-- Simon Phillips, producer/drummer/solo artist (Jeff Beck, The Who, Mick Jagger, Stanley Clarke, Jack Bruce, Toto)
The ‘70s: The TASCAM Decade
Think about it. The new Apple II and DOS-based computers were around, disco was new, and they must have talked about the Apollo lunar missions on their coffee breaks and over drinks after work. Lots of culturally iconic events were occuring in the world when TASCAM released the Portastudio on September 22, 1979, at the AES Show in New York's Waldorf Astoria Hotel. Some at the show argued it was "unfair" that the Portastudio was being demonstrated with a Neumann mic that cost almost twice as much as the Model 144, but none could deny how it sounded on playback and what was before them in TASCAM's first booth.
Among so many other engineering firsts for TASCAM and TEAC over the years, the Model 144 Portastudio was the world's first 4-track cassette recorder. Listing at $899, it was a perfect price point and an instant big seller. Each channel sported it's own fader and VU meter; rotary pan, bass, treble, aux send and trim pots; mic/line and tape buttons; four buss selection buttons, a buss monitor with cue and record buttons, and four separate tape cue output knobs. There was even that great pitch knob right next to the transport controls, and if you claim you never experimented with that in your wildest remixes then you're lying.
The release of the first Portastudio was nothing less than the key for a new wave of songwriters and songwriting set free from the confines of the ever-elusive record contract. It was a literal sonic boom in the recording paradigm that resonates with us today more than ever. Just two years before its release, while the Portastudio was being developed, scientists from Stanford and MIT shared the Nobel Prize in physics for "pioneering work in the discovery of a heavy elemental particle of a new kind." Hmm, not unlike the shot heard ‘round the music and recording worlds from the new Portastudio - a new element in songwriting and recording, so to speak, that changed the way music was to be perceived and captured forever.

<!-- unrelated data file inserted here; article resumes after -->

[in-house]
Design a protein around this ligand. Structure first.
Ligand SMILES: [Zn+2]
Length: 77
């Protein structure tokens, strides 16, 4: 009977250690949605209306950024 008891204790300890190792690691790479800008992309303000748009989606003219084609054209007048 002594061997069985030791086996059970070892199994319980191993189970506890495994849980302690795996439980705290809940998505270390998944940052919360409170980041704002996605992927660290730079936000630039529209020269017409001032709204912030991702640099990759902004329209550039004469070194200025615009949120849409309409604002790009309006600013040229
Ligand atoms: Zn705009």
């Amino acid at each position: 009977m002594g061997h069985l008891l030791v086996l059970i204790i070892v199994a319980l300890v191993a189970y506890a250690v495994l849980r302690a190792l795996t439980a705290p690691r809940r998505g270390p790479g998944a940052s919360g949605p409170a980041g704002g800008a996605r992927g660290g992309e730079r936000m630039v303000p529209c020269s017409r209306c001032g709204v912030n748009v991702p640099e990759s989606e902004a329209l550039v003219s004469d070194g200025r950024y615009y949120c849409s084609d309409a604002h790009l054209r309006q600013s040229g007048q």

"I first started with the 3340 and did my first little multitracking thing with a samba beat. I fell in love with it, and then I bought a 144 Portastudio, which was the hippest thing at that time. Then I bought the 244, both which drove me towards becoming a songwriter and getting into engineering. I made all kinds of music with those two machines!"
-- Jim Keltner, drummer/songwriter/engineer (Bob Dylan, John Lennon, George Harrison, Neil Young, Ry Cooder, member Traveling Wilburys)
"The first Portastudio I had was a life-saver. There was a lot of studio experimentation going on in the Bowie years, but by the time we'd get everyone into the studio that song you had was gone out of your mind. Then I got the 144, the black one, and that was the one that got me on a roll. I wrote a song called ‘DJ' on that one. I'd usually wake up around 2 in the morning with a little tidbit of something in my head, so I had an acoustic guitar and an electric and a bass and I'd just jump up out of bed and immediately go 'boom' and get that down! I wrote like eight songs in month on that machine. I also did a little percussive thing where I wanted to create a percussive sound. I did it on the Portastudio with my voice and a little reverb and they actually used that on the record on Station to Station."
-- Carlos Alomar, songwriter/musician/solo artist (David Bowie, John Lennon)
(all quotes excerpted from TASCAM: 30 Years of Recording Evolution by Randy Alberts. Available from Hal Leonard Publishing and online book outlets like Amazon.com)
Randy Alberts is a writer, musician and photographer living in the San Juan Islands. Reach him at firstname.lastname@example.org